They know what photographs well. 

You’ve probably heard this one before, but it bears repeating—you really do need your makeup done differently if you want it to photograph well! And on a day when you will be photographed hundreds, maybe thousands, of times (seriously), it’s best to trust this rule of thumb to the professionals. Because even if you think you’re loading on a ton of makeup, it’s probably not enough to appear in photos—this is why it always takes brides a moment to get used to their professional makeup looks when they have it done the first time. At first glance, it may seem overdone, but after it sets in and later on in photos, it looks just right. Experienced wedding makeup artists know the secret to photograph-ready faces. They know what needs enhancing so it doesn’t disappear in pics (like eyes), and they know how to apply plenty of product without making you look clownish or highlighting fine lines and wrinkles. This is a skill that’s almost impossible to pull off by anyone but the pros, and even if you think you’ve got it figured out—you only get one set of wedding pics. Is it really worth the risk? 

They know how to recreate inspo. 

Like I mentioned before, winging your makeup on your wedding day isn’t a great idea. That’s why it’s a sound plan to find inspiration on Pinterest or even from celebrities whose red carpet looks you love, and show it to your makeup artist during your makeup trial. They’ve got the skills and experience to recreate those looks—whether it be a smoldering smoky eye or a youthful dewy glow—that the average gal probably wouldn’t be able to pull together. With a professional, you’re paying for consistency—that is, getting the exact look you ask for and the peace of mind that it can be recreated again on your wedding day! (Because we’ve all tried, and failed, to follow smokey eye tutorials from women’s magazines before!).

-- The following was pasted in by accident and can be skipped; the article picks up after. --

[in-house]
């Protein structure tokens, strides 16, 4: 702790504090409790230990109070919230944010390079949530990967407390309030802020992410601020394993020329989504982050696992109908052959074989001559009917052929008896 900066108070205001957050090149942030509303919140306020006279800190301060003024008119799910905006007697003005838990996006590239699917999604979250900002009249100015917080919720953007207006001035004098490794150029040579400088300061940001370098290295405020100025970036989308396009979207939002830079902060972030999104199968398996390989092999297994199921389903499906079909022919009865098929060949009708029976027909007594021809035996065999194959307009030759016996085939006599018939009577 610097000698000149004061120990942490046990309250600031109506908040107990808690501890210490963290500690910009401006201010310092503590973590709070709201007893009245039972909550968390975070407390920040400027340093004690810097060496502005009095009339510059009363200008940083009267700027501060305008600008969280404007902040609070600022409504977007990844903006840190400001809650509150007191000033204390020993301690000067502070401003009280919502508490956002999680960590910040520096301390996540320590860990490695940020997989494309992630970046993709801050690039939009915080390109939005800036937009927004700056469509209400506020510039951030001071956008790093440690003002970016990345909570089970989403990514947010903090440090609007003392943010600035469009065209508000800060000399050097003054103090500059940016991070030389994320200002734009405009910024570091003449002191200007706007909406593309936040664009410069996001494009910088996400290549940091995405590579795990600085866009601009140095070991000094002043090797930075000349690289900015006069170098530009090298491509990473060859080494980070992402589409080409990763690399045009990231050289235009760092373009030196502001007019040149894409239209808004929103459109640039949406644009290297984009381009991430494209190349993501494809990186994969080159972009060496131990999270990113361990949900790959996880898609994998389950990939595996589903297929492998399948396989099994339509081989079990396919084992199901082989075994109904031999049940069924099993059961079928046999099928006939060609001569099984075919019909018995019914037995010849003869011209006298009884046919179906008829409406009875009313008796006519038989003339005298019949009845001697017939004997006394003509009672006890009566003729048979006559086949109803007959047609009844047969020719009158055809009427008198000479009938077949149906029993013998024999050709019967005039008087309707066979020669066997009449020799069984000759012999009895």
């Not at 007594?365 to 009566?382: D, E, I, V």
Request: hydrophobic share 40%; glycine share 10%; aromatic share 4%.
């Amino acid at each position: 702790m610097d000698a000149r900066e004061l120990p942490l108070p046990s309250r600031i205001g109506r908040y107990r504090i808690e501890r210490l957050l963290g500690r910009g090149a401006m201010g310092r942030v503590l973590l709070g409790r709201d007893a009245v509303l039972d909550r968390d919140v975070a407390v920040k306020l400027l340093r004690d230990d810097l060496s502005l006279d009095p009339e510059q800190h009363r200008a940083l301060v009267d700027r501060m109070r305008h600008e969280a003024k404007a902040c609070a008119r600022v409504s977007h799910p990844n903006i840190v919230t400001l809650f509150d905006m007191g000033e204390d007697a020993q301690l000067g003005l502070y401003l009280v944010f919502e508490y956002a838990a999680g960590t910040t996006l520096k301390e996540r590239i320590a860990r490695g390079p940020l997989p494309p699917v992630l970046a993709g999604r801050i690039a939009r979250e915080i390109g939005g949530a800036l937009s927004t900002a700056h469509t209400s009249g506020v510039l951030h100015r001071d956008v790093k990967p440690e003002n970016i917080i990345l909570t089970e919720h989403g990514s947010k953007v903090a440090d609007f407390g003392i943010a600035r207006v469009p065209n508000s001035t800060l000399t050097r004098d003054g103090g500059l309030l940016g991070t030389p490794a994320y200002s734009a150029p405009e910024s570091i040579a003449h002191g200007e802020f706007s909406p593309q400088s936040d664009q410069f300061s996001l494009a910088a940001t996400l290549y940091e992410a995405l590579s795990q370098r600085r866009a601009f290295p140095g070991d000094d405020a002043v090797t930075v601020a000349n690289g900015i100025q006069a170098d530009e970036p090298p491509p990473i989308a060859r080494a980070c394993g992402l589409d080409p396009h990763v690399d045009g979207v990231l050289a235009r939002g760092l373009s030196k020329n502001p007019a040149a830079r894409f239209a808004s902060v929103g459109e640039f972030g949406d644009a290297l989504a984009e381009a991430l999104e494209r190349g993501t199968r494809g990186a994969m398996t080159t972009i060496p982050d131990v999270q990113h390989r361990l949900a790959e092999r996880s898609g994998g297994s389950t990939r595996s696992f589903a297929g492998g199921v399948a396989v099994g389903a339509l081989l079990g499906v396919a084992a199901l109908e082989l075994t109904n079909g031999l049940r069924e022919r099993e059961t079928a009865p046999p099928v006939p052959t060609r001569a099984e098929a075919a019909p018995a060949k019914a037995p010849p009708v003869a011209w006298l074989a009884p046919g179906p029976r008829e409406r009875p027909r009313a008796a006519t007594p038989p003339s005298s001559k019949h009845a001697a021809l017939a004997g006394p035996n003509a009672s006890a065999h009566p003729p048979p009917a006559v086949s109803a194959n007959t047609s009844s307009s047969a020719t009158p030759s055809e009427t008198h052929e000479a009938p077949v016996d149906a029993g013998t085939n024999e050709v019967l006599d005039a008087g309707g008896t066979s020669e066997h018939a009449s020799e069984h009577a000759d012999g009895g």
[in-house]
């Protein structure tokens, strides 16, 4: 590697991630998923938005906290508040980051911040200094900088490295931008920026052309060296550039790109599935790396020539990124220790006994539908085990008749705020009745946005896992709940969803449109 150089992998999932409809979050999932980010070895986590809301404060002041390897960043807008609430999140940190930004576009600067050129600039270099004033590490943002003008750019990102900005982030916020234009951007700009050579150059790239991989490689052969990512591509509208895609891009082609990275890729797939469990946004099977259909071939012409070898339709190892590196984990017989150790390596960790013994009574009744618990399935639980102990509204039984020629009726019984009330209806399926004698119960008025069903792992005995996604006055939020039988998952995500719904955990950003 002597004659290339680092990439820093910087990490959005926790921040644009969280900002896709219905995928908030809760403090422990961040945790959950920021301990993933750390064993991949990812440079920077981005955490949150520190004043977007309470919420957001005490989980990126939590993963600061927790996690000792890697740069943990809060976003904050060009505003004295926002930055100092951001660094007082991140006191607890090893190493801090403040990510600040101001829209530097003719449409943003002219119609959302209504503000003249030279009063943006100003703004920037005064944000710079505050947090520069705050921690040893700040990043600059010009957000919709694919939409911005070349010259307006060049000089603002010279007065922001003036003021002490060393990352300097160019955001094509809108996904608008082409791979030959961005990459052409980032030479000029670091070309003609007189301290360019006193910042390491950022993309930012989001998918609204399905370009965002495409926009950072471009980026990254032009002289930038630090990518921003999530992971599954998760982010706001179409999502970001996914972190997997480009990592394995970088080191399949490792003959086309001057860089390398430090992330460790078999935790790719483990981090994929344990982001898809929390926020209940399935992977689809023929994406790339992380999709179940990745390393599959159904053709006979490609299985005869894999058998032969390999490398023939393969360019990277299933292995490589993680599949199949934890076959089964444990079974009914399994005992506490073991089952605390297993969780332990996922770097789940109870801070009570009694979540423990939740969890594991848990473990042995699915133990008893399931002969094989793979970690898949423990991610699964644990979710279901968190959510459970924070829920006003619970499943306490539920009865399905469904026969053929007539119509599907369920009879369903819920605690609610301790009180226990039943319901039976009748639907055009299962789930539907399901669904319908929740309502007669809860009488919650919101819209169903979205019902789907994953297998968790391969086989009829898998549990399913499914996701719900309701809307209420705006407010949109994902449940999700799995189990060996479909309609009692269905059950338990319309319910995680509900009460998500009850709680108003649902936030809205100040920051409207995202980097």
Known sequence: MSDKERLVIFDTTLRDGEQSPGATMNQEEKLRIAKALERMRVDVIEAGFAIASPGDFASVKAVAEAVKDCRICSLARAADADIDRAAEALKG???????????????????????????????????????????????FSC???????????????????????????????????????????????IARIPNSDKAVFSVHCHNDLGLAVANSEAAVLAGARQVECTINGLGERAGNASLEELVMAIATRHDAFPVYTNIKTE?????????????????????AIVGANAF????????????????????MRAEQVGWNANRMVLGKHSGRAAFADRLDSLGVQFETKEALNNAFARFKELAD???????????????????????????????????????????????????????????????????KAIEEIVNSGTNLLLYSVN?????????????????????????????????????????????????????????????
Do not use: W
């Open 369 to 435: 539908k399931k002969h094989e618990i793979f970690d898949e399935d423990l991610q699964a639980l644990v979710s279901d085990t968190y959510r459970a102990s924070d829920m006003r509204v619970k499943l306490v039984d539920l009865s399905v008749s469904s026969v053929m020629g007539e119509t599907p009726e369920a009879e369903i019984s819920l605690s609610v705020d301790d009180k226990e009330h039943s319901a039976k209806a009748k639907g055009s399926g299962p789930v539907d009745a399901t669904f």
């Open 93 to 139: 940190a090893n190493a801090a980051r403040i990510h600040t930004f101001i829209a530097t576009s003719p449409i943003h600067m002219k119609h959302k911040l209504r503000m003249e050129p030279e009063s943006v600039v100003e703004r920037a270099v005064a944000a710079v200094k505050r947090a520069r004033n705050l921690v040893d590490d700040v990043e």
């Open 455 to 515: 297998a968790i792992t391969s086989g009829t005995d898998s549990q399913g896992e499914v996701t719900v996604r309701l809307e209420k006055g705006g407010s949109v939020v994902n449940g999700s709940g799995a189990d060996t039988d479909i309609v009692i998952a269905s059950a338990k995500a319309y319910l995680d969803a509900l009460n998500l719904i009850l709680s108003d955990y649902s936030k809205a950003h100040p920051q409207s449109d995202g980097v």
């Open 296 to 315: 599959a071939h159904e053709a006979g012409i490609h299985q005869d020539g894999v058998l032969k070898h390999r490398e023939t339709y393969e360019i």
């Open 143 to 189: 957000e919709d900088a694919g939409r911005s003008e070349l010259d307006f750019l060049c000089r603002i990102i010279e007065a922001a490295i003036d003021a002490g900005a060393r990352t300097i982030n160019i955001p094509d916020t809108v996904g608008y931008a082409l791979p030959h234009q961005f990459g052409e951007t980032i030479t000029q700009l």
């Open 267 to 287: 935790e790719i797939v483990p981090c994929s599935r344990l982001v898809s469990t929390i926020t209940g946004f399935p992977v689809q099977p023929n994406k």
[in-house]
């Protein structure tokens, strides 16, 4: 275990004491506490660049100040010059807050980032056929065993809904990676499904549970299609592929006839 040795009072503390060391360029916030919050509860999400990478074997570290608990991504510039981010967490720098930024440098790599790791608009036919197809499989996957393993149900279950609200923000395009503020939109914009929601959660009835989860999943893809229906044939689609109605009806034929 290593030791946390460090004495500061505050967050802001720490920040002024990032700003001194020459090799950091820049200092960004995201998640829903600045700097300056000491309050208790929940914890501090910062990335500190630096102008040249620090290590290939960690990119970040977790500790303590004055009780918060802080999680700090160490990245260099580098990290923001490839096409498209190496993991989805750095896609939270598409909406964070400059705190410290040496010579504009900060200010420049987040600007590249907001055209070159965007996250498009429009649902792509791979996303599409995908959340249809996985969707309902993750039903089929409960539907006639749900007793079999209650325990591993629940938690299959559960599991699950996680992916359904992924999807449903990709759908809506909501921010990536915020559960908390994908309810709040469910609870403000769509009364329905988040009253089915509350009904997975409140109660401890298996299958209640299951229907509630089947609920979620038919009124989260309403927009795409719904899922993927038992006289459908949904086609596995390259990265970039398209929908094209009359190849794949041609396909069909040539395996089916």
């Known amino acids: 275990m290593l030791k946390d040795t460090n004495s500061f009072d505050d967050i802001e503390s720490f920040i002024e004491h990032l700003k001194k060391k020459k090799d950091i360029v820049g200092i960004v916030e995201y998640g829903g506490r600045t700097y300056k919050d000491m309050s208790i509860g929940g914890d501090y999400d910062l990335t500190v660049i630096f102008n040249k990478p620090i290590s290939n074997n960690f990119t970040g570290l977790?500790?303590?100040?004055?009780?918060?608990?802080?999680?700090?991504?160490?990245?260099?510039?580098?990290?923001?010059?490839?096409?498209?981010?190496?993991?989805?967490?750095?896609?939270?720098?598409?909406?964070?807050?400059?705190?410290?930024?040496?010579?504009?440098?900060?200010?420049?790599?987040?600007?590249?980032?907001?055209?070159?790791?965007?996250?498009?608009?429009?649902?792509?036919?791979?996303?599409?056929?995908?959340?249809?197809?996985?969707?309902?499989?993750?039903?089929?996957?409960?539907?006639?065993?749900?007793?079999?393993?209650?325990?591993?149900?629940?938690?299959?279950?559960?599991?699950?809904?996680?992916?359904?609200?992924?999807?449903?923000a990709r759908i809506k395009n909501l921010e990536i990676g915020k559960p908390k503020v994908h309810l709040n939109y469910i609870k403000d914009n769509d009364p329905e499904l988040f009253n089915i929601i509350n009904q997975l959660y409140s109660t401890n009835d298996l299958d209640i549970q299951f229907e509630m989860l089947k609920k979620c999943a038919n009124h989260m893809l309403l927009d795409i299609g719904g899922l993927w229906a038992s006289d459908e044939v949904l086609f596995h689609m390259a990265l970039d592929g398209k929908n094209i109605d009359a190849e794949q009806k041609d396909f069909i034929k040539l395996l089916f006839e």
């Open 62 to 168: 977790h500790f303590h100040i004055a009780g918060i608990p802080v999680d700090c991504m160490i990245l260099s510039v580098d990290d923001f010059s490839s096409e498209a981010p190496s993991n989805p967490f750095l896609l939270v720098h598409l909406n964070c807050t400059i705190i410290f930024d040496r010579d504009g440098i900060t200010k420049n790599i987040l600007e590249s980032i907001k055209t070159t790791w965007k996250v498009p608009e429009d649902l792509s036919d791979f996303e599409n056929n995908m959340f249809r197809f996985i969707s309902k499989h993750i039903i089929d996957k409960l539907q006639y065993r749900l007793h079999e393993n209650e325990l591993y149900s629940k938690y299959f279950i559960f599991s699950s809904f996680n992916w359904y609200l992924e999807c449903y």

They can apply fake eyelashes perfectly (seriously). 

I’m not kidding. If this is the only reason you hire a professional MUA, that’s acceptable. Applying fake eyelashes is a b*tch! If you’ve tried it before and nearly glued a pair of tweezers to your face, you know what I’m saying. If you’ve never tried it and think it can’t be that bad, just take my word for it. Even if you do manage to get the things attached to your eyelashes in a way that looks somewhat natural, good luck trying to keep them there for longer than 10 minutes and great luck applying eyeliner over the glue and not looking like a possessed clown. Anyway, wedding makeup artists can apply these suckers in a few minutes flat, drama-free, without accidentally gluing your eyelids to your cornea. And if you want falsies on your big day (which you probably should, since they make your eyes look bigger and photograph better in general), it’s a job best left to a professional.